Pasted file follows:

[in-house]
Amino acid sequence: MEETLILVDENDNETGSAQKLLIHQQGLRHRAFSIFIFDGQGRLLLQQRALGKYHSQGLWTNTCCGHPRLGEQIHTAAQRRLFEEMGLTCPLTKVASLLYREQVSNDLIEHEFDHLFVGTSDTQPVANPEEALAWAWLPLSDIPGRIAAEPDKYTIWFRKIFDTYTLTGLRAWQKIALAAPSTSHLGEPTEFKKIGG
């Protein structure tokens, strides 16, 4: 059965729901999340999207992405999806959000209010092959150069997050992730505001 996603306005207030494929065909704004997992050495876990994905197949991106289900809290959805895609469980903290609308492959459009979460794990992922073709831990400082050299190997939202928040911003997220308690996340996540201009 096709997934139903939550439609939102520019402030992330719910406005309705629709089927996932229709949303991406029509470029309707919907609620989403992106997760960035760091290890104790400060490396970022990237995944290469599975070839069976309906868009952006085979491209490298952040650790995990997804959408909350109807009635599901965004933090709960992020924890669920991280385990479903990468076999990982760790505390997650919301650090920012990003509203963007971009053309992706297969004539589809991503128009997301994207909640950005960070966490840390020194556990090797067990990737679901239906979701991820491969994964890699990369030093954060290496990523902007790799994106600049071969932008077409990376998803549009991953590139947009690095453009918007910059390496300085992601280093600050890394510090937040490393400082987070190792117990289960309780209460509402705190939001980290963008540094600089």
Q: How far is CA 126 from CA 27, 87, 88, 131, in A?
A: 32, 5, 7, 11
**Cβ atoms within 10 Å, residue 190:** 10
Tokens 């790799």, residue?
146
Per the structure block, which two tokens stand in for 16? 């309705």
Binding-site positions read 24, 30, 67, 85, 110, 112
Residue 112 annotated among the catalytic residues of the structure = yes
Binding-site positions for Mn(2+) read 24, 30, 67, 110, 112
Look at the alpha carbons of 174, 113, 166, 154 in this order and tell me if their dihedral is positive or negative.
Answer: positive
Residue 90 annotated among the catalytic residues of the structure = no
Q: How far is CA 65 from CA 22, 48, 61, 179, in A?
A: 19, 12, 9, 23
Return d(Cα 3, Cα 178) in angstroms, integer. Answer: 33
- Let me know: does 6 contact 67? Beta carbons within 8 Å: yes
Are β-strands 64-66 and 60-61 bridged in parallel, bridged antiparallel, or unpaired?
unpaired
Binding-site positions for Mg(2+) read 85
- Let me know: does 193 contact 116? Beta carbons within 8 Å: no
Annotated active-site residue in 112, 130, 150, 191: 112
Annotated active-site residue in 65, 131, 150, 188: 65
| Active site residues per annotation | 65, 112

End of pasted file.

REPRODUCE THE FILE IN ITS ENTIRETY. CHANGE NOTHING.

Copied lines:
[in-house]
Amino acid sequence: MEETLILVDENDNETGSAQKLLIHQQGLRHRAFSIFIFDGQGRLLLQQRALGKYHSQGLWTNTCCGHPRLGEQIHTAAQRRLFEEMGLTCPLTKVASLLYREQVSNDLIEHEFDHLFVGTSDTQPVANPEEALAWAWLPLSDIPGRIAAEPDKYTIWFRKIFDTYTLTGLRAWQKIALAAPSTSHLGEPTEFKKIGG
């Protein structure tokens, strides 16, 4: 059965729901999340999207992405999806959000209010092959150069997050992730505001 996603306005207030494929065909704004997992050495876990994905197949991106289900809290959805895609469980903290609308492959459009979460794990992922073709831990400082050299190997939202928040911003997220308690996340996540201009 096709997934139903939550439609939102520019402030992330719910406005309705629709089927996932229709949303991406029509470029309707919907609620989403992106997760960035760091290890104790400060490396970022990237995944290469599975070839069976309906868009952006085979491209490298952040650790995990997804959408909350109807009635599901965004933090709960992020924890669920991280385990479903990468076999990982760790505390997650919301650090920012990003509203963007971009053309992706297969004539589809991503128009997301994207909640950005960070966490840390020194556990090797067990990737679901239906979701991820491969994964890699990369030093954060290496990523902007790799994106600049071969932008077409990376998803549009991953590139947009690095453009918007910059390496300085992601280093600050890394510090937040490393400082987070190792117990289960309780209460509402705190939001980290963008540094600089």
Q: How far is CA 126 from CA 27, 87, 88, 131, in A?
A: 32, 5, 7, 11
**Cβ atoms within 10 Å, residue 190:** 10
Tokens 């790799």, residue?
146
Per the structure block, which two tokens stand in for 16? 């309705």
Binding-site positions read 24, 30, 67, 85, 110, 112
Residue 112 annotated among the catalytic residues of the structure = yes
Binding-site positions for Mn(2+) read 24, 30, 67, 110, 112
Look at the alpha carbons of 174, 113, 166, 154 in this order and tell me if their dihedral is positive or negative.
Answer: positive
Residue 90 annotated among the catalytic residues of the structure = no
Q: How far is CA 65 from CA 22, 48, 61, 179, in A?
A: 19, 12, 9, 23
Return d(Cα 3, Cα 178) in angstroms, integer. Answer: 33
- Let me know: does 6 contact 67? Beta carbons within 8 Å: yes
Are β-strands 64-66 and 60-61 bridged in parallel, bridged antiparallel, or unpaired?
unpaired
Binding-site positions for Mg(2+) read 85
- Let me know: does 193 contact 116? Beta carbons within 8 Å: no
Annotated active-site residue in 112, 130, 150, 191: 112
Annotated active-site residue in 65, 131, 150, 188: 65
| Active site residues per annotation | 65, 112